Glacier Travel

two common Hazards on glaciers are fallinc rocks and crevasses that can not bE seen because THEy arE covErEd with snow or ice. on glaciers and snow pitches of less than forty dEcrEEs, ropE teams

OF THREE or MORE PERSONS CAN TRAVEL SAFELy WITHOUT PLACINC PROTECTION. THE ROPE SHOULd bE KEPT PErPENdiCULAr TO CREVASSES EVEN IF THAT MEANS THE TEAM MEMbERS TRAVEL SIdE by SIdE.

Glacier Travel

tesr for. houovj spots

OPTIONS ON STEEP SNOW ANd ICE ARE TO, 1) PLACE ANCHORS FOR A rUNNINC bELAy (FASTEST), Z) PLACE A FIXEd LINE, ANd 3) HAVE A LEAdEr bELAy THE OTHER CLIMbERS TO EACH ANCHOR POINT (SLOWEST). IN THE THIRd

CASE, AS IN rOCK CLIMbINC, TWO-PERSON rOPE TEAMS CAN MAKE rEASONAbLE TIME by CHANCINC THE LEAd WITH EACH LENCTH OF THE ROPE.

MINIMIZE POTENTIAL FALL dISTANCE ANd, THErEFOrE, FALL VELOCITy by KEEPINC THE rOPE AS TICHT AS ALLOWS UNENCUMbErEd WALKINC. ON flat TErraiN, WHERE

SELF-bELAy IS NOT

CONVENIENT, Try TO HOLd A FALL WHILE STILL

STANdiNC. ONLy CO INTO SELF-ArrEST AFTER bEINC PULLEd OFF yOUr FEET. ON STEEP SNOW, WHERE SELF-bELAy CAN bE EMPLOyEd WITH EACH PLACEMENT OF THE ICE AX, Try TO HOLd A FALL WHILE IN SELF-bELAy. ONLy ATTEMPT SELF-ArrEST AFTER THE ICE AX HAS bEEN PULLEd FROM THE SELF-bELAy POSITION.

houw spots

Fall Arrest Self Rescue

SiTTlMÊ

SiTTlMÊ

crevasse Rescue

First, set an anchor system (setting anchor systems involves advanced techniques not covered in the mountain cumbing school manual).

second, communicate with the faiuen cumber.

{ Lower warm cuothing or warm water if needed { Rappeu to or be Lowered to an unconscious cumber

Third, make a rescue plan.

stanwnê (wEiGtfr orf Foot PRosik)

stanwnê (wEiGtfr orf Foot PRosik)

MdViw&

SlAtK

waist

PtoflK

UPWARD

{ current or second rope?

{ For an entrenched current rope-, use prusiks and sungs to reach the cumber when they near the top

{ seLf rescue

{ prusik out (illustrated on this page)

{ CLimb out, perhaps being Lowered to make that possible

{ Team rescue

{ most Force (just pull the victim out), five or more rescuers

{ c-puiuey-, three or more rescuers

{ z-puLLey-, two or more rescuers (illustrated on the next page)

{ z plus c-puiuey (or c plus z), one or more rescuers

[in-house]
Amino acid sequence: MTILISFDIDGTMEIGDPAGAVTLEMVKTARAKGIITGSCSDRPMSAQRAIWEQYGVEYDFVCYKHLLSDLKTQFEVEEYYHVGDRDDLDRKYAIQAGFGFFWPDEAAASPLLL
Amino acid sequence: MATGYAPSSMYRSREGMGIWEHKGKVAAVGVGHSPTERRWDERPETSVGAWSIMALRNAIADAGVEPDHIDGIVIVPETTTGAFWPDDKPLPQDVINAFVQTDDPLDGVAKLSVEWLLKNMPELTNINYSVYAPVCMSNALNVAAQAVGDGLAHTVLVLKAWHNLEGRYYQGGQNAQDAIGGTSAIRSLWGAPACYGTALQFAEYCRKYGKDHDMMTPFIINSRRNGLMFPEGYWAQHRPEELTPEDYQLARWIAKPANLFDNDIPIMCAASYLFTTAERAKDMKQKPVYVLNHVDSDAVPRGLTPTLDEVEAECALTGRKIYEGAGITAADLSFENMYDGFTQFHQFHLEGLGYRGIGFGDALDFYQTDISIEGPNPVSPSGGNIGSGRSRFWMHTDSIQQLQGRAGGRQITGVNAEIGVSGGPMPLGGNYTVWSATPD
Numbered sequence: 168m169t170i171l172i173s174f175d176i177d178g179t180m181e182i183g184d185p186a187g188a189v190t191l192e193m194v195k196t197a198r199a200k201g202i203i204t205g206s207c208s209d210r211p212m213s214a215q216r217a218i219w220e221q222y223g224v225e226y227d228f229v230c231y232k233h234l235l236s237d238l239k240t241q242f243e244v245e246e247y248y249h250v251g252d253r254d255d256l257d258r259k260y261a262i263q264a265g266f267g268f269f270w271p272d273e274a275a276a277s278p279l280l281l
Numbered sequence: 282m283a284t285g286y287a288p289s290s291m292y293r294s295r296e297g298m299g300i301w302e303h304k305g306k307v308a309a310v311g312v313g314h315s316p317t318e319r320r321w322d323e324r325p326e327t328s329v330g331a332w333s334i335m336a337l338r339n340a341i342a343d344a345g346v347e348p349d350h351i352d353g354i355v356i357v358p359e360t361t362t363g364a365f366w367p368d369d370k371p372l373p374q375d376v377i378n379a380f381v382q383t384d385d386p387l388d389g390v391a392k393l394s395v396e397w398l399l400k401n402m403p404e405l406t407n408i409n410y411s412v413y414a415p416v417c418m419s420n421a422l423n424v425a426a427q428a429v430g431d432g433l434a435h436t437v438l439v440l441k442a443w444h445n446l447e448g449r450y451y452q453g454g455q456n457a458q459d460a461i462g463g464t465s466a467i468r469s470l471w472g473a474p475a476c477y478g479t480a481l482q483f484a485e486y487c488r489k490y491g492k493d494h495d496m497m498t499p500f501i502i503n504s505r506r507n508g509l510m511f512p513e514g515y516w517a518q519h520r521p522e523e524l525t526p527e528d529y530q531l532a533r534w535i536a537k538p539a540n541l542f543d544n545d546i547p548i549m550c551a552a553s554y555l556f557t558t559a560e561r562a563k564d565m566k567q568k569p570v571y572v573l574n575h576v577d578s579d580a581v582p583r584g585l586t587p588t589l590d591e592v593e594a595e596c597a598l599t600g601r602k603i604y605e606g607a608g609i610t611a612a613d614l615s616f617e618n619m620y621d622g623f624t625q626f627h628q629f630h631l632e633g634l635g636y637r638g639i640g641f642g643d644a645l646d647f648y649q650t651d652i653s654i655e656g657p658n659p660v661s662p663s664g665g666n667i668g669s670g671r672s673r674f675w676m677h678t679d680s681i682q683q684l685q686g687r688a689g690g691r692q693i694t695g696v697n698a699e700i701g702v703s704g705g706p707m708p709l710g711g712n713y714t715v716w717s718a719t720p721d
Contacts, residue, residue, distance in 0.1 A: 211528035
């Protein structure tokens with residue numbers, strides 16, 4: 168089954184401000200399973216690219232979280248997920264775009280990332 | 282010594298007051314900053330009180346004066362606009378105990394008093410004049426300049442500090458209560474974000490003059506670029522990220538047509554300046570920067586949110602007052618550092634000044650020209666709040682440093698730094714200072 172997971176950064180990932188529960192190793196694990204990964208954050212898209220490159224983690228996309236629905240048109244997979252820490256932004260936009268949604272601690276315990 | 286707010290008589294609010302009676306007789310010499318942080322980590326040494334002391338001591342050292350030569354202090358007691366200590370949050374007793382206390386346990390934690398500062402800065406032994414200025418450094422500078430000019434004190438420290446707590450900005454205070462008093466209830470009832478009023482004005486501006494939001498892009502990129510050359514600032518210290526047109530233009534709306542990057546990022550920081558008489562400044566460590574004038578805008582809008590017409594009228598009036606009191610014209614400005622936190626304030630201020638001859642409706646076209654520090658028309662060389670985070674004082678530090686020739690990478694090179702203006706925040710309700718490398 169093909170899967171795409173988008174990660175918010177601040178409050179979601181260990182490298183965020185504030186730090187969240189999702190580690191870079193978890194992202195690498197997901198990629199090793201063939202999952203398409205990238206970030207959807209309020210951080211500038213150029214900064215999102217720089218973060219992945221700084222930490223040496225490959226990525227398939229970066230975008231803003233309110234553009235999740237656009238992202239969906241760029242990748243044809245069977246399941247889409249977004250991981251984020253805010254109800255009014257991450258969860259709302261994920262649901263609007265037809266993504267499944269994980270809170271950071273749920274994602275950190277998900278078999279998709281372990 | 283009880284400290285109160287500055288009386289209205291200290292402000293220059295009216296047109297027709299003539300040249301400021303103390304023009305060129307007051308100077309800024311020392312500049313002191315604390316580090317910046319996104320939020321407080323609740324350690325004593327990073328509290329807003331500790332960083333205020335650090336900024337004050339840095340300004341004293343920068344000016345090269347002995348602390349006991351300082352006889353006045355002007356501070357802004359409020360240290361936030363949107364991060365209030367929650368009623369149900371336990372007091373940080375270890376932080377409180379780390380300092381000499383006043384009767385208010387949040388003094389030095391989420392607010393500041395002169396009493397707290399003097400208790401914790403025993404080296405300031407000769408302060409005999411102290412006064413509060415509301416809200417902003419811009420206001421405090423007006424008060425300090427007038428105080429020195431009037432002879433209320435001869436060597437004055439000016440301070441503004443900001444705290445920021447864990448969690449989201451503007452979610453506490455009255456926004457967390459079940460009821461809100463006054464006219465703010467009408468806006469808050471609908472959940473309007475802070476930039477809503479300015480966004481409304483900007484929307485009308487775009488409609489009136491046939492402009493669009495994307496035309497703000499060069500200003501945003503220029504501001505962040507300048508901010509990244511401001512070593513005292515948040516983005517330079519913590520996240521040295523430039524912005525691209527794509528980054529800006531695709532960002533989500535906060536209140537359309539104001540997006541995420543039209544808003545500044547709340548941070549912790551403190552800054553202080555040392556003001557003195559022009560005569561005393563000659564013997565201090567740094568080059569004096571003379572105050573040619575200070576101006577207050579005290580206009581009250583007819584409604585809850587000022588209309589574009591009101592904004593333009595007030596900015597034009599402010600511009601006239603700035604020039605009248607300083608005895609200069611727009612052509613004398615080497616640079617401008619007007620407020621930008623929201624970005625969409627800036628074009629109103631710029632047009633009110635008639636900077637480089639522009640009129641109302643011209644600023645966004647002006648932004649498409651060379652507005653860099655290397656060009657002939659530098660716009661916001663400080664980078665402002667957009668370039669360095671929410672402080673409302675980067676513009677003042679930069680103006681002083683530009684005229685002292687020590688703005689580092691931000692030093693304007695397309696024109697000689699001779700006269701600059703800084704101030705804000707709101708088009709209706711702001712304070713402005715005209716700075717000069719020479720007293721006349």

© mar coMpiex Rescue situations

Middie cumber in (Three person Rope Team)

{First, the cumber hoiding the ieast weight sets an anchor system

{ second, iower the faiien ciimber onto the anchor system

{ Third, beiay the third ciimber to the anchored side of the crevasse

{Fourth, proceed to crevasse rescue step two on the previous page

Crevasse Rescue

crevasse Rescue- v^itH NECHANICAL AîVANTAGer

VICTIM

crevasse Rescue- v^itH NECHANICAL AîVANTAGer

Not Enough room Between crevasses

{ use a puiiey or carabiner to change the direction of puii

Roofed crevasse

{ Eniarge the hoie to the rescue edge of the crevasse. carefuiiy remove snow with a shovei to avoid snow dropping onto the cumber.

Rappeiung to an unconscious cumber

{ second Rope Method (recommended): With one end of the rope attached to the harness and the other end to the anchor system with a prusik knot, iower a ioop of rope haif the distance to the unconscious cumber. Tighten the prusik knot to the anchor system. Then rappei aii the way to the end of the rope. Don't forget a prusik seif-rescue system to get back out.

{ current Rope Method (not recommended): instaii the rappeiung device in the ioose rope just above where the anchor is attached to the current rope. Then attach the anchor to the rope just above the rappeiung device and remove the anchor attachment that is now beiow the rappeiung device. Attach a prusik from the harness to the rope. Rappei down with one hand working the rappei brake, the other hand keeping the prusik knot ioose. When at the injured cumber hoid position by tightening the prusik knot.

Chest Prusik Glacier Travel
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